This past summer I spent a few months working with Asian Development Bank on evaluating learning technologies for early childhood education. In 2019, they wanted to support the People’s Republic of China identify technologies which can lead to positive learning outcomes, are contextually appropriate, affordable, and overall accessible.
It was a fun mix of reviewing existing literature, conducting interviews with universities in Beijing and Shanghai to learn about the newest research, and visiting ed tech companies and test driving new products. Ultimately I synthesized all this data to create a framework which supports government determine which technologies are effective, and how and when to use them. The classification of technologies broke down into the administration of teaching to include student information systems and classroom management and communication tools, and the implementation of teaching, which more broadly encompassed everything from teaching aids and computer-assisted learning, to teacher professional development and assessment tools. The framework highlighted the technologies, types of software and hardware, costs, obstacles around implementation, use cases and examples of products.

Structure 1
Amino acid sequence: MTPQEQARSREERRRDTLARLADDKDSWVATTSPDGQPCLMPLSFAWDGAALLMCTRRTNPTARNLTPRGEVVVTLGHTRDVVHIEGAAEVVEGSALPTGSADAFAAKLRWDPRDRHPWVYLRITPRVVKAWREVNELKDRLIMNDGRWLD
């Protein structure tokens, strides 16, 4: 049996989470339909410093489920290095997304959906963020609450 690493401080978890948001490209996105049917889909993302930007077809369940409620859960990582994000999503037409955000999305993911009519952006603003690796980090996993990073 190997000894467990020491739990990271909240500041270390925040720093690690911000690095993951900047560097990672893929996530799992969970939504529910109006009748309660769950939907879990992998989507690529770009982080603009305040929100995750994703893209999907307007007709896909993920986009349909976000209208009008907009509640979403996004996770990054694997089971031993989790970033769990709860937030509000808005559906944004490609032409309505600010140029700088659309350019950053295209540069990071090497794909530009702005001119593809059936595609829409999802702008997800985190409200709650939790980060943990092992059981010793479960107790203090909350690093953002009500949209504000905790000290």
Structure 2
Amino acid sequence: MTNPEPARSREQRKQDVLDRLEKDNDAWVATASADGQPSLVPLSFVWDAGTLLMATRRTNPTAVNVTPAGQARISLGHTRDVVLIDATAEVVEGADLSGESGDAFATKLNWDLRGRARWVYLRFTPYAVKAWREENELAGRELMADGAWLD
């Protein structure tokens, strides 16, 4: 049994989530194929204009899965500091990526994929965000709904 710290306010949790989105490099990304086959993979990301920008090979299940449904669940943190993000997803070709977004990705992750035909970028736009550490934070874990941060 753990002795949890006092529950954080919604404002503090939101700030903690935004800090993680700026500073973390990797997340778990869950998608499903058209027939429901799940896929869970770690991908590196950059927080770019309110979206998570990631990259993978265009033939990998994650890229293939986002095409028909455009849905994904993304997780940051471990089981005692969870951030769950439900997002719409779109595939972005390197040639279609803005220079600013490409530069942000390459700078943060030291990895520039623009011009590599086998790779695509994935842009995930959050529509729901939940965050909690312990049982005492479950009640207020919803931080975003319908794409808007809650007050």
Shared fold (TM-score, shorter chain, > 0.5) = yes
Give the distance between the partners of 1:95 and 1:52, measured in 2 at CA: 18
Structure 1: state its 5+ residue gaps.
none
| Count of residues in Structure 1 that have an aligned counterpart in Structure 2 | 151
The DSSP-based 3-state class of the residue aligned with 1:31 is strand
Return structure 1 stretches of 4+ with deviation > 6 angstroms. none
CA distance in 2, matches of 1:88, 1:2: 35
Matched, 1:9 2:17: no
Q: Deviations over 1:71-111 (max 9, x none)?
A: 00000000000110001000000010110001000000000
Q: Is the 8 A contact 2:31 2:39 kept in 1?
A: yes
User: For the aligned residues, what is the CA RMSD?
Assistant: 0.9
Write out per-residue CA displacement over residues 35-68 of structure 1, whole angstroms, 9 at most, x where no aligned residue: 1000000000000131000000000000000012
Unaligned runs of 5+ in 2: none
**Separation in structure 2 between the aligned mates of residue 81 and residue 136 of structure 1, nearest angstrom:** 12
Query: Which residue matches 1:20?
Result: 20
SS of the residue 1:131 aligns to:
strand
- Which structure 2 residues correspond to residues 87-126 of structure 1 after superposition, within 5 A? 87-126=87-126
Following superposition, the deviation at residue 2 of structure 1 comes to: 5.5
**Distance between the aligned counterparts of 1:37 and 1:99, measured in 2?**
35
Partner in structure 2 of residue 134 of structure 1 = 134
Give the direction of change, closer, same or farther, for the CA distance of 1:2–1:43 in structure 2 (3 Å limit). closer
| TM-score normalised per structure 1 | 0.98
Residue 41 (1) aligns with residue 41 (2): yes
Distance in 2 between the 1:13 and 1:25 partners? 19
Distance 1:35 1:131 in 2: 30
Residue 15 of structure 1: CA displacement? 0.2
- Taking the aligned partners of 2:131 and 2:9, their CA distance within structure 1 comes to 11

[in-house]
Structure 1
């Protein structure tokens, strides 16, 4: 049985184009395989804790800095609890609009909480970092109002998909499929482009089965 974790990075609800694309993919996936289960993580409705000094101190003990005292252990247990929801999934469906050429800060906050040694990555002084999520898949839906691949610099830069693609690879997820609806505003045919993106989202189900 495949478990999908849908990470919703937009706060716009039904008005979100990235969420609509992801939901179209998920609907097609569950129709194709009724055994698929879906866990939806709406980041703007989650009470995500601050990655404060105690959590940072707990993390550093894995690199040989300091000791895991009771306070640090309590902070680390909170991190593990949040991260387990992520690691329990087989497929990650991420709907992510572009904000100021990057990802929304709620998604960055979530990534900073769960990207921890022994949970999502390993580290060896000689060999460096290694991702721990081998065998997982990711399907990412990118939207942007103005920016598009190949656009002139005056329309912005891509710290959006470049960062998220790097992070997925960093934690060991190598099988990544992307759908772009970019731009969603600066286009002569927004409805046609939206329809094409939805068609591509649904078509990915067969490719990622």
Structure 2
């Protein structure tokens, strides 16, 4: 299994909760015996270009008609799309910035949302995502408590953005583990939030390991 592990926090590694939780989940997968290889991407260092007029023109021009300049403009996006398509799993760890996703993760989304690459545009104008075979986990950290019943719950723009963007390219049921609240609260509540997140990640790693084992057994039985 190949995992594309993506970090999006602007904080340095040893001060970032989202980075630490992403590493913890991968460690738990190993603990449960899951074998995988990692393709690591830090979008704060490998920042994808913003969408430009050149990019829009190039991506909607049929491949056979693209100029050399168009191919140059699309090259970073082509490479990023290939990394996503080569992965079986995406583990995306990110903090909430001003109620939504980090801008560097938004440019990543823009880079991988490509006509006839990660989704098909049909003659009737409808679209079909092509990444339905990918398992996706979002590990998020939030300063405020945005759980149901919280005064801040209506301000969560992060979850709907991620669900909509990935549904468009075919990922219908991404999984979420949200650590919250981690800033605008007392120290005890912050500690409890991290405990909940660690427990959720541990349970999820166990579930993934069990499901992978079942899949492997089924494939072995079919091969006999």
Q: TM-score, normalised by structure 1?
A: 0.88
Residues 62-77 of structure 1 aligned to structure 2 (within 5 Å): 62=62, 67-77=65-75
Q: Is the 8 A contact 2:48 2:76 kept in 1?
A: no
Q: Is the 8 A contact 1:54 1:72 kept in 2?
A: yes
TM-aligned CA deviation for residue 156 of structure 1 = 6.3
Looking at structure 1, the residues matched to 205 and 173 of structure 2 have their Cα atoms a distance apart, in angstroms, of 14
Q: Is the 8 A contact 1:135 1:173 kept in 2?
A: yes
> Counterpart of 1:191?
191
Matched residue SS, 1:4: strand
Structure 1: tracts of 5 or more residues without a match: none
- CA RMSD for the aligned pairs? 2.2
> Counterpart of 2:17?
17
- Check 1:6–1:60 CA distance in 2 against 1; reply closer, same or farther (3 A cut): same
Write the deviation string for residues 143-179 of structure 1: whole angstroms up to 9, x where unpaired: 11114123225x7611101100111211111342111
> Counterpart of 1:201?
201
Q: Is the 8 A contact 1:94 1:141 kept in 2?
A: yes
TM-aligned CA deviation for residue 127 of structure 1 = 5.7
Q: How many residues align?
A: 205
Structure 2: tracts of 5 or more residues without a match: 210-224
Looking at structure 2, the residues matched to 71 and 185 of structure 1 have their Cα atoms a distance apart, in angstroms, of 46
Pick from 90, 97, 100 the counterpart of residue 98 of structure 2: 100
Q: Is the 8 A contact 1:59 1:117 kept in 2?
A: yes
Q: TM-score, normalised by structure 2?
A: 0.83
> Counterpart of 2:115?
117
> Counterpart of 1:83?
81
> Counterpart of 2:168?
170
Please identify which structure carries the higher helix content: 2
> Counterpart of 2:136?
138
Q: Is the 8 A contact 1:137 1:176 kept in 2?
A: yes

I was especially delighted by this project with ADB because there’s a critical need for government, international organizations and NGO’s to make informed, evidence-based decisions for procurement of ed tech products. All too often technologies are procured and either don’t work for the context or are incredibly expensive (again…don’t work for the context). I hope this classification can provide some insights and guidance and will continue to iterate on it as new technologies enter the market.